The Pittsburgh Foundation

Third-Party Manager FAQs

Can an investment manager include the Foundation’s account when transferring their “book” to another investment advisor?

No. Any change in the underlying structure of the firm or investment advisory relationship will result in the termination of the delegation of investment management. If the donor establisher of the fund is still alive, they may suggest a new advisor that must undergo the Foundation’s diligence process and must be approved by The Pittsburgh Foundation.

What happens when an investment advisor changes brokers/firms?

The donor establisher will need to suggest in writing the use of the investment advisor at their new firm. As with all changes in the structure of the investment program, the move of an investment advisor to a new firm requires the completion of the diligence process and subsequent approval of The Pittsburgh Foundation before this new relationship can be established.

In the event the donor establisher is deceased the relationship will terminate and assets associated with any charitable funds will be moved to appropriate corporate portfolio(s).

If an investment advisor is attached to a charitable fund through the American Funds program, what happens if that advisor moves to a new broker/firm?

The advisor will need to ensure that we have their current American Funds broker number and the name of the new firm. Staff at the Foundation is then responsible for ensuring the broker is appropriately attached to any existing funds.

An investment advisor was recently approved as a Third-Party Manager. How can they manage the charitable funds of TPF fund advisors?

By policy no existing funds may be transferred to new investment advisors under the Third-Party Manager Program. However, with reasonable cause and on a case‐by‐basis, existing funds may be transferred to new advisory relationship. Examples of reasonable causes are where we can document that the manager was previously attached to a fund and suggested by the donor establisher (as in the case of a broker attached to a charitable fund through American Funds) or there is a documented relationship with a living donor who is suggesting the advisor.

Under no circumstances can advisors prospect for new funds from the existing donor base. In the event such activities become apparent the termination of any existing relationships or pending approvals will be revoked.

What happens when a manager was approved, but does not refer any donors right away?

Manager approvals are conditional until a donor establishes a fund and suggests the use of the investment advisor. Once a fund is established their investment management is evaluated at least annually. Should no fund be created and portfolio established with the advisor within 1 year of being conditionally approved, the approval is revoked and must be re‐instated by the advisor confirming that the investment structure under which they were approved remains the same. In the event a fund is not established after 3 years then the advisor will be required to complete a new Investment Manager questionnaire and must be approved by The Pittsburgh Foundation.

Are there limitations on the amount of fees an investment advisor can charge?

There is no official limit to the fees an investment advisor can charge. However, fees are a specific part of the approval process and excessive fees will be a reason to preclude an advisor from being recommended to and approved. Additionally, investment advisors should be made aware of the range of existing fees, their relative location within that range and that the Foundation will discuss the fee on this investment with the donor and its relative basis versus that of the Foundation’s corporate portfolios.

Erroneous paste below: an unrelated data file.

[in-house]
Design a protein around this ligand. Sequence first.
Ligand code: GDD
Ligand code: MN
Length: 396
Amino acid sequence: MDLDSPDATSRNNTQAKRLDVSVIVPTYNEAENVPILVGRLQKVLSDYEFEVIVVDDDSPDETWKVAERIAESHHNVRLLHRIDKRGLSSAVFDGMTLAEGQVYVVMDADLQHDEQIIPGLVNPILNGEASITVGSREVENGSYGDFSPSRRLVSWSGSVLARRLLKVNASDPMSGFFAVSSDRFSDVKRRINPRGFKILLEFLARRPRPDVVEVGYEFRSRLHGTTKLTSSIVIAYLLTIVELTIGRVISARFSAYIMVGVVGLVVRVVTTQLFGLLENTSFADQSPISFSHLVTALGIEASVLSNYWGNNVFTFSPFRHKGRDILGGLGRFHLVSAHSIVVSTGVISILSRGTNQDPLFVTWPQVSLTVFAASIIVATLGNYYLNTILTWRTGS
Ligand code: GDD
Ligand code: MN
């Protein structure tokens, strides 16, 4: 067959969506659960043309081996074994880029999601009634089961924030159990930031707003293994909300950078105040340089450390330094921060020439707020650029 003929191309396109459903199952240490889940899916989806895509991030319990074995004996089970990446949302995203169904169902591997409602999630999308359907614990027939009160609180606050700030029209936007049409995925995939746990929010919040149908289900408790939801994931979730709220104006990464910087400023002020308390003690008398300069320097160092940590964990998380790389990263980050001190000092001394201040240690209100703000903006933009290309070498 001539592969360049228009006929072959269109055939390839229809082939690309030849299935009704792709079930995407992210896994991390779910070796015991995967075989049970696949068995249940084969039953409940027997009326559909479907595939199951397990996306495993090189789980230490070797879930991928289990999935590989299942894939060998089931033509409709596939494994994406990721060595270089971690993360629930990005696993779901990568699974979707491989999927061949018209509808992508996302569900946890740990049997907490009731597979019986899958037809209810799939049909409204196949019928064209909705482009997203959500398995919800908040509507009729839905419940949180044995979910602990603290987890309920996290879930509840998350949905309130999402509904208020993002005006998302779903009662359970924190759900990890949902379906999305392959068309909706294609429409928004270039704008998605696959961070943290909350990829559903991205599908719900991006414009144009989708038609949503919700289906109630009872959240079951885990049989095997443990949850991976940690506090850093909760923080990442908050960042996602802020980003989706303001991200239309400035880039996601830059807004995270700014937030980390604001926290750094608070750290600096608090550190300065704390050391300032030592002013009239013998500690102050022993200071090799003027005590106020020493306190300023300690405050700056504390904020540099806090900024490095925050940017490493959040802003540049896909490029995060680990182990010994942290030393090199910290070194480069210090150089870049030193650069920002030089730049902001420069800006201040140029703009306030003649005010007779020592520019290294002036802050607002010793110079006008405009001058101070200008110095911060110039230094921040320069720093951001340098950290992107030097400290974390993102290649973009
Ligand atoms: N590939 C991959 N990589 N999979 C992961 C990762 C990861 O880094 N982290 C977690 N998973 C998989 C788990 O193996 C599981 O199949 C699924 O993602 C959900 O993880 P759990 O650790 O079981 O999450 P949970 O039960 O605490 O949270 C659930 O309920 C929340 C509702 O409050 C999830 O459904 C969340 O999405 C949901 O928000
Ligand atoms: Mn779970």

What fees are included in the investment management fee?

All investment related fees should be disclosed as part of this calculation, including, but not limited to the weighted investment management fees for delegated funds and managers, custodial fees, account fees, consulting fees, and estimated transaction fees.

What is the minimum portfolio size that a third-party manager can run?

The current minimum amount to establish a separately managed portfolio is $250,000. This amount may change in the future. However, in the event the portfolio drops in value due to inline investment performance the relationship may remain intact.

What happens when the donor establisher dies?

Provided the investment manager remains in good standing with the Foundation and manages the investments under the existing investment structure the relationship will remain intact. Should the investment structure change in an appreciable manner – such as the investment advisor retiring or switching firms – the relationship will terminate and associated assets will be transferred to the appropriate corporate portfolios.

Can I manage my own donor-advised fund?

Yes, you are able to manage the assets that represent your donor-advised fund however, as a disqualified person, you are not able to charge any fees. For that reason, we require that all assets managed by disqualified persons be segregated in a separate portfolio that pays no fee.

Who is a disqualified person?

According to the IRS, under section 4598 of the Internal Revenue code, a disqualified person is a donor or advisor of a donor-advised fund or a substantial contributor of a supporting organization as well as family members and 35 percent controlled entities with respect to donors, advisors and substantial contributors.

MORE QUESTIONS? Please contact Bradley Jones at 412-394-2608 or jonesb [at] (jonesb[at]pghfdn[dot]org)